The centenary of the BBC happens at a time when the public broadcaster leads over all of its competitors in the commissioning of new UK series, engaging with many third-party distributors who are set to reap the benefits of a high demand for BBC content from international services
Not only has the BBC commissioned the most scripted series since the 2018/19 season compared to the other major UK broadcasters, but Show Tracker reveals that these shows have found more success internationally, with 64% of potential international sales for BBC commissions and co-commissions being achieved. ITV commissions meanwhile have only appeared on just over half of potential international destinations, beaten by commissions from both BBC and Sky (62%), despite the broadcaster sitting in second place in total commissions.
Of course, international distribution success is not entirely down to the prowess of its commissioner but also the company selling the rights abroad. In the case of the BBC, a number of different distributors handle the international rights for its commissions, including in some cases its rival broadcasters ITV, with its distribution arm ITV Studios, and Sky, with NBCUniversal handling distribution.
In the season just gone, only four of the sixteen BBC commissions were distributed by the corporation’s sister commercial company, BBC Studios, with a heavy reliance still put on distributors like ITV Studios and All3Media. The latter distributor may be relied upon more upon the launch of ITV X, which is set to promise many more hours of scripted content than before, perhaps forcing ITV Studios to engage in more vertical integration to meet this promised quota.
This broadness of distributors is again evident when examining the top distributed BBC commissions since the 2018/19 season. Only half of these are titles distributed by BBC Studios, with two of these (‘Dracula’, ‘A Suitable Boy’) reliant on large multi-market deals with Netflix and to a lesser extent Lionsgate+ (then StarzPlay). The most successful BBC commissions aren’t necessarily buoyed by fellow public broadcasters abroad, with SVT in Sweden and the CBC in Canada being the major examples, with each taking two BBC commissions.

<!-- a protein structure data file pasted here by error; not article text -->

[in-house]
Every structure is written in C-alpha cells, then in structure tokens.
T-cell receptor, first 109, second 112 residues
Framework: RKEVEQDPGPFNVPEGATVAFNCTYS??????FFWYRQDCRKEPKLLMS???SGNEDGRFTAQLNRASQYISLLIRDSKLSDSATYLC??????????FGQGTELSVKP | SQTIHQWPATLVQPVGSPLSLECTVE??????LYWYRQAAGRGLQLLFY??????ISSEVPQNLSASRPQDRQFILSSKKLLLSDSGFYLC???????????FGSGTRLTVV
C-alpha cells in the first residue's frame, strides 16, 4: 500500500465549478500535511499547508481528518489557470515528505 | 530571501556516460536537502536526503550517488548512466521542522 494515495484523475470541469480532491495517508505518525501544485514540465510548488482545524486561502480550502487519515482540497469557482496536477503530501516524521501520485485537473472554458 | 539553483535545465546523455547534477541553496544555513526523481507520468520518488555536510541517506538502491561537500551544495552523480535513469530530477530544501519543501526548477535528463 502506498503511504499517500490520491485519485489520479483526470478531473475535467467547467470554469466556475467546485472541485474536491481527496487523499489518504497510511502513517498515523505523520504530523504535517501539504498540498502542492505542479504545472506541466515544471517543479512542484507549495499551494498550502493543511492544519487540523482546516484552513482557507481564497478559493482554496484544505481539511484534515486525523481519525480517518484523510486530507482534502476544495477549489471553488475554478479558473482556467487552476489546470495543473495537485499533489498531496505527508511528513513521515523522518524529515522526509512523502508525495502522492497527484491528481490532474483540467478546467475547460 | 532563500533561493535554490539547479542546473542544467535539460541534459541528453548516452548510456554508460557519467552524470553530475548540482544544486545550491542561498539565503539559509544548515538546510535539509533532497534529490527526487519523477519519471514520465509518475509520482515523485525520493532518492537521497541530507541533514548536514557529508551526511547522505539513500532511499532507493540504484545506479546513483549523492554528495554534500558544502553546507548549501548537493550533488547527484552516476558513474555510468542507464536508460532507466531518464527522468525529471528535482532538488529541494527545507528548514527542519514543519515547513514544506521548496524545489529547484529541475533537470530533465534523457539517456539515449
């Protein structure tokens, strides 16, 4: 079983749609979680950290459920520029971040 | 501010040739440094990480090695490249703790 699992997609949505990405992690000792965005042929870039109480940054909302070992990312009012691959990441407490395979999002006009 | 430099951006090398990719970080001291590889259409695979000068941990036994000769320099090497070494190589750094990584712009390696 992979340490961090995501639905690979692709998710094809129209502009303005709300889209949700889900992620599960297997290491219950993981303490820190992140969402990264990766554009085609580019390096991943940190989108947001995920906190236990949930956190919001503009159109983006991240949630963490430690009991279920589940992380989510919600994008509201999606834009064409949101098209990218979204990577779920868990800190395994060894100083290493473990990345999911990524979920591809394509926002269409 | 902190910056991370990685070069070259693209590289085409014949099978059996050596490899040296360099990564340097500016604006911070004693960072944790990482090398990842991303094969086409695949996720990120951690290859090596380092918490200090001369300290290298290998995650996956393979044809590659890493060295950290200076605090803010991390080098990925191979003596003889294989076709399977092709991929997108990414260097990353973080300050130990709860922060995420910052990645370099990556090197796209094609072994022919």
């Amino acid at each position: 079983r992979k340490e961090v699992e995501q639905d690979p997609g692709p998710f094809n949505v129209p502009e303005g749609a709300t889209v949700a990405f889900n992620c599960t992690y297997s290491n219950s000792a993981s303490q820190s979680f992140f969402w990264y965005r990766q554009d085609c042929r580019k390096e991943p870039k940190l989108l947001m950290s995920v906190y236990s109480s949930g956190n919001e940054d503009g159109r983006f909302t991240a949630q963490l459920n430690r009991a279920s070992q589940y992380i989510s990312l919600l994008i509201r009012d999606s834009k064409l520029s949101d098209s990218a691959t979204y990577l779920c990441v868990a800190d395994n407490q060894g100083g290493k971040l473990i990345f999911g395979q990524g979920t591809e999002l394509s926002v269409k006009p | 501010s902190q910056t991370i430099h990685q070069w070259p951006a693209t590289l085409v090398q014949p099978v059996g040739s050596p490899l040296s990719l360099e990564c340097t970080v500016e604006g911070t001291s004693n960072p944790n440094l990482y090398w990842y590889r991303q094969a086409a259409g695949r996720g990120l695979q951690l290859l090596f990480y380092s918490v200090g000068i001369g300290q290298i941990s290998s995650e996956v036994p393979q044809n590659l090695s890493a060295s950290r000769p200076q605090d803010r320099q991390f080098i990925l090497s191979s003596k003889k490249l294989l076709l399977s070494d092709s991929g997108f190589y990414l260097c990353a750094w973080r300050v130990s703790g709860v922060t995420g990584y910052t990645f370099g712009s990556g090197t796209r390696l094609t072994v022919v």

The appetite is clearly there abroad for BBC-commissioned shows, even in China where scripted content can struggle to make it to market. While all of these successes cannot be pinned onto the BBC, as seen with ‘The War of the Worlds’ which ITV Studios has managed to sell abroad by establishing connections with brand new targets for the latest scripted TV, it is clear its content output picks up interest from studio SVODs, global SVODs and broadcasters.
While the corporation will not directly benefit from the income of these international sales, even those made from BBC Studios, the success of its commissioned series clearly contributes to the continued growth of UK TV exports, helping fulfil the broadcaster’s mandate of championing British TV.